“As a matter of fact, yes,” Thomas says. “You just put a ring around Romania.”

“Begging your pardon?”

He points. “Romania. You've ringed it with your coffee mug.”

Merry's face reddens. Her lower lip quivers. “You're impossible Thomas McMillan. You know what they say about you, down at the agency?”

He does. He does know.

“They say there's nobody—nobody in this wide world—who can please you.” She sneers. “You and your demands. Why don't you just go out and do your own shopping, then?” She picks up her purse and turns away. “I'm quitting you, Thomas. Just like all the others.” She sets her key on the newspaper, directly in the center of the coffee ring.

“Wait...” Thomas says. “I'm sorry...”

“Too late.” Merry heads through the front door and slams it behind her.

Thomas wets his handkerchief in the kitchen sink and rubs away the smudge of mud from the door.

He spends the rest of the afternoon rearranging his pantry to accommodate the Meow Mix.

“You know what this means,” Thomas's sister Gerri says that afternoon at four forty-nine.

“No.” Thomas sighs.

“It's a sign, of course.” Gerri puts great stock in signs and other signals from the universe. The only part of the newspaper Gerri ever reads is the horoscope section. “You're meant to travel.”

“Where?”

She points to the coffee ring. “Romania of course.”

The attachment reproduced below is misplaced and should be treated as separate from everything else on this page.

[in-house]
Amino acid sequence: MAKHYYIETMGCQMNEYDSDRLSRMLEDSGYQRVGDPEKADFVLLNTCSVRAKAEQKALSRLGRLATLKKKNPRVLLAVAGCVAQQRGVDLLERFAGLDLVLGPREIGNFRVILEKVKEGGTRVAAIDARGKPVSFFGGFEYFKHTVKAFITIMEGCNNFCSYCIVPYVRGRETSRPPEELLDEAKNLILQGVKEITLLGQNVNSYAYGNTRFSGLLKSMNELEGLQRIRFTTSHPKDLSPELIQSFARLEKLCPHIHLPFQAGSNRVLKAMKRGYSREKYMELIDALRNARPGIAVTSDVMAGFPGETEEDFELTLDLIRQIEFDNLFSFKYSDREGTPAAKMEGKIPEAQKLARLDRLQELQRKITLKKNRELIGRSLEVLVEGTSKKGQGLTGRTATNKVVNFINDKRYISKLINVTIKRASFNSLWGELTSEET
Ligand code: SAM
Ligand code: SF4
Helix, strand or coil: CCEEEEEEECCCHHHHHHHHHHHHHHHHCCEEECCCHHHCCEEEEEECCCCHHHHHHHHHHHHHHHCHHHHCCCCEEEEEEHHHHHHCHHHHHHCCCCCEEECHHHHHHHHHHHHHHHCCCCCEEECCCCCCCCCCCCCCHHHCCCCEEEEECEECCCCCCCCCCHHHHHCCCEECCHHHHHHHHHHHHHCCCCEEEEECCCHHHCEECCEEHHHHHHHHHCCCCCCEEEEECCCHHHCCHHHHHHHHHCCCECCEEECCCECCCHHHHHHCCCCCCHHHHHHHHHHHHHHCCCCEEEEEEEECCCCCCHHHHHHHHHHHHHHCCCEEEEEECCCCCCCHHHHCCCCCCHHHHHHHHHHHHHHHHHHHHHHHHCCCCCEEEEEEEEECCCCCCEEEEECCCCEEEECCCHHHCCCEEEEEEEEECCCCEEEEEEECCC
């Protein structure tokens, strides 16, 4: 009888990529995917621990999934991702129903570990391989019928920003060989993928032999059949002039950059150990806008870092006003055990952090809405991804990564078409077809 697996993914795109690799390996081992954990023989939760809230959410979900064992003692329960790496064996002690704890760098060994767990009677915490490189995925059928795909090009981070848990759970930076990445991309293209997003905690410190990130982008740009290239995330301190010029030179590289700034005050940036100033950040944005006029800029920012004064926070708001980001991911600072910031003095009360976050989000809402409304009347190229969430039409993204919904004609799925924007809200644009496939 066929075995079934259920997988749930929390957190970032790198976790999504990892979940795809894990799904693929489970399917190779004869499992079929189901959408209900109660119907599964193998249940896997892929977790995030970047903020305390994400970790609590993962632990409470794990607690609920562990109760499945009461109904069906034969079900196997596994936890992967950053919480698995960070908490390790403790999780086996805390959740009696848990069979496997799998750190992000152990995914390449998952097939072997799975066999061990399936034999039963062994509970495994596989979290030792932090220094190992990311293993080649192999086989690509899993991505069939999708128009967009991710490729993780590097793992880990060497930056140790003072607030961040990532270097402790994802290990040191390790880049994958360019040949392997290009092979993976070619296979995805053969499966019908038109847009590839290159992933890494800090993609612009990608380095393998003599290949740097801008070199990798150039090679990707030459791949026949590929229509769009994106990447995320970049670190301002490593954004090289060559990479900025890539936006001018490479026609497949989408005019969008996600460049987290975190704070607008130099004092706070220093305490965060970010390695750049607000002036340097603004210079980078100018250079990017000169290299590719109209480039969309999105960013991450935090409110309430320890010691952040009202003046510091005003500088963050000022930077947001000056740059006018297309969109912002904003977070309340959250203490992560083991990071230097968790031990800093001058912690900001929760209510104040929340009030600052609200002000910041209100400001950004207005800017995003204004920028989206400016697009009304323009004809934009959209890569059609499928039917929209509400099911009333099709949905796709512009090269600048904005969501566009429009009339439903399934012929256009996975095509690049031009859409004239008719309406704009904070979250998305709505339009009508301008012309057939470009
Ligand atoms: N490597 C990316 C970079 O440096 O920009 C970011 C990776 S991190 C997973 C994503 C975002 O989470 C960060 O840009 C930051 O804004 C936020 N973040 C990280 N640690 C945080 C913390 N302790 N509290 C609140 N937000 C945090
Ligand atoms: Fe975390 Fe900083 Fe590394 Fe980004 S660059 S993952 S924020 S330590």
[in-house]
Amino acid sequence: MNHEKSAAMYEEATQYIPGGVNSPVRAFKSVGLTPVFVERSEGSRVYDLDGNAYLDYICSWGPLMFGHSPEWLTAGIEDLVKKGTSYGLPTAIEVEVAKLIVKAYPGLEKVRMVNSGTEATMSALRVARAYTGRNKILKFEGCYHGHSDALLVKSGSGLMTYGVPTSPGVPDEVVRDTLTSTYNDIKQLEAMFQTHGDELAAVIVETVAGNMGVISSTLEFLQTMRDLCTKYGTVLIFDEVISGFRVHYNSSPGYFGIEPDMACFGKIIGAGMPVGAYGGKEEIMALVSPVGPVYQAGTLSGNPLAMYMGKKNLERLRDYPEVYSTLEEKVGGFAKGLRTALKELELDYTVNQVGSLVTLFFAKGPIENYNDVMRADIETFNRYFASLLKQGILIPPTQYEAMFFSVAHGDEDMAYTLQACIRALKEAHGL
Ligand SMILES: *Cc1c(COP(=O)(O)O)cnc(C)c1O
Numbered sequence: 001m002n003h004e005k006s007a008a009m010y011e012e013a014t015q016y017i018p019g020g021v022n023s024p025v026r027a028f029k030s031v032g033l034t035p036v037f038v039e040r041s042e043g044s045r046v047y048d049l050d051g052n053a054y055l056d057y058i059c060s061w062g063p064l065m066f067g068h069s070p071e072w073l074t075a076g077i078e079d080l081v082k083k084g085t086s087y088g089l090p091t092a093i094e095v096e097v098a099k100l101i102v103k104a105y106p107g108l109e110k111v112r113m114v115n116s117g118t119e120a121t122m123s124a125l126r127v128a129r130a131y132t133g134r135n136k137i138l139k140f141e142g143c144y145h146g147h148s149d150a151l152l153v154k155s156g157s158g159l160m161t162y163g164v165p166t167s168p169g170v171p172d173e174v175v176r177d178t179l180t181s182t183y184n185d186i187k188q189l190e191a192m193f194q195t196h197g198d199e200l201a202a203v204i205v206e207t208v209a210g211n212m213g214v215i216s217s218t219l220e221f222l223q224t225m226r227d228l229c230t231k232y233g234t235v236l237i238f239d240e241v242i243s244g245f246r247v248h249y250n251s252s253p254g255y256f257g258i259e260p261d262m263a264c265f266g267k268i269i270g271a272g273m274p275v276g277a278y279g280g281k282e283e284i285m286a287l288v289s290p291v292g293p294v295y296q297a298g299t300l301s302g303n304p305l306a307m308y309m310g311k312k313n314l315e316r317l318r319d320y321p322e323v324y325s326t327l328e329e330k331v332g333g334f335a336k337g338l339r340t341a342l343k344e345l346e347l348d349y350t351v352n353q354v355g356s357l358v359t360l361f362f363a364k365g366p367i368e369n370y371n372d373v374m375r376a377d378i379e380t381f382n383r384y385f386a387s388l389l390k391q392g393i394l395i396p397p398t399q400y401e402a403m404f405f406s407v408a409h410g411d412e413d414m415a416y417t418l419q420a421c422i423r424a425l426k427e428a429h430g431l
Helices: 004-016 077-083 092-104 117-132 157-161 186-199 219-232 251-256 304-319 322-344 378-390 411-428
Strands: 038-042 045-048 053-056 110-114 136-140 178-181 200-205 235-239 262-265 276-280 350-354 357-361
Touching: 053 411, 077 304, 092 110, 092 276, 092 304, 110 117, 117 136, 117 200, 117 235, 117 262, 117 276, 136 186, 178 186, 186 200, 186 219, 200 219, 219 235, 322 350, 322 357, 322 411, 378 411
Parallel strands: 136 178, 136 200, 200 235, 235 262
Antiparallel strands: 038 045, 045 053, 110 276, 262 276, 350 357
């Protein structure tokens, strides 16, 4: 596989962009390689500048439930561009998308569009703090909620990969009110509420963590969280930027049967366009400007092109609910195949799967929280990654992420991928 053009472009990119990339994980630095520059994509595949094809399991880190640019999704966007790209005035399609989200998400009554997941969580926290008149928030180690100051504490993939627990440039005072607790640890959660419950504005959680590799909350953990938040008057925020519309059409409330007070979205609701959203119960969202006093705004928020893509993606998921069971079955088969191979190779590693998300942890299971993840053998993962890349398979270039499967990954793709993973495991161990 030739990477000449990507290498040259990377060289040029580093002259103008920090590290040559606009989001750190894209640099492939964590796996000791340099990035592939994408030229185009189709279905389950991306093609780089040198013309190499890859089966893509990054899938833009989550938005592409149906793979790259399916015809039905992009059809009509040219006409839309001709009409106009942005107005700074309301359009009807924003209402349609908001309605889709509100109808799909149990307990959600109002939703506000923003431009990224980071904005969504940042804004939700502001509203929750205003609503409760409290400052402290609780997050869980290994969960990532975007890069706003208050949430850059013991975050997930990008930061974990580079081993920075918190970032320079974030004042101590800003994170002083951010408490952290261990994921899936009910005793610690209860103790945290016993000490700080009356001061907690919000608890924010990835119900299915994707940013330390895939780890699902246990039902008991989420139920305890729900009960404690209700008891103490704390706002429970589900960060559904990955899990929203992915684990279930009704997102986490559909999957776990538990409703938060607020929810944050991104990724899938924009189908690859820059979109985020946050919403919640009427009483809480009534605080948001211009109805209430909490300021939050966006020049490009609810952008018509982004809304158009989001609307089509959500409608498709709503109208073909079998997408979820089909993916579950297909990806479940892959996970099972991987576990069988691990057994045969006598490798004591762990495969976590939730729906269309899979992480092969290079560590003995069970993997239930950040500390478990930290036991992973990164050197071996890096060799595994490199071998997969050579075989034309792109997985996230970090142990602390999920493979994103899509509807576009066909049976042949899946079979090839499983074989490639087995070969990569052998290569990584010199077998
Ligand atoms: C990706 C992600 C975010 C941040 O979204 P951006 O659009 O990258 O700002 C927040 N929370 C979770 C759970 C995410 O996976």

“I know nothing about Romania.” Truth be told, Thomas knows nothing about traveling anywhere. The entire span of his life has been spent within one city block.

“We've a great something-or-other from there. A famous poet or some such.”

“I have no use for poetry.” Thomas thinks lovingly of his fiction collection—all first editions, arranged alphabetically by author and dusted every morning.

“You could go swimming in the Black Sea.” Gerri's eyes gleamed. “Think of it Thomas.” She gives him a smile. “It'll be good for you to get away.”

“Who will feed the cat?”

She smiles. “I will. I promise.”

That evening, after he starts the dishwasher and sweeps the kitchen floor and waters the plants on the patio, Thomas McMillan puts the box of cat food—Meow Mix—on the third shelf of the pantry to the immediate left of the molasses. He sits down at his computer and books a ticket to Romania.

He goes to his room and packs his suitcase. He packs his dress slacks. He packs four golf shirts—blue, red, yellow and green. He packs a belt and underclothes and handkerchiefs. He packs his swim trunks, folded neatly inside his striped beach towel, never used.

Three days hence, Thomas looks out his window at the Carpathian Mountains. The letter C reminds him of his cat. He glances at his watch. Just after nine o'clock back home. He wonders whether Gerri has put the cat food back in its proper place in the pantry.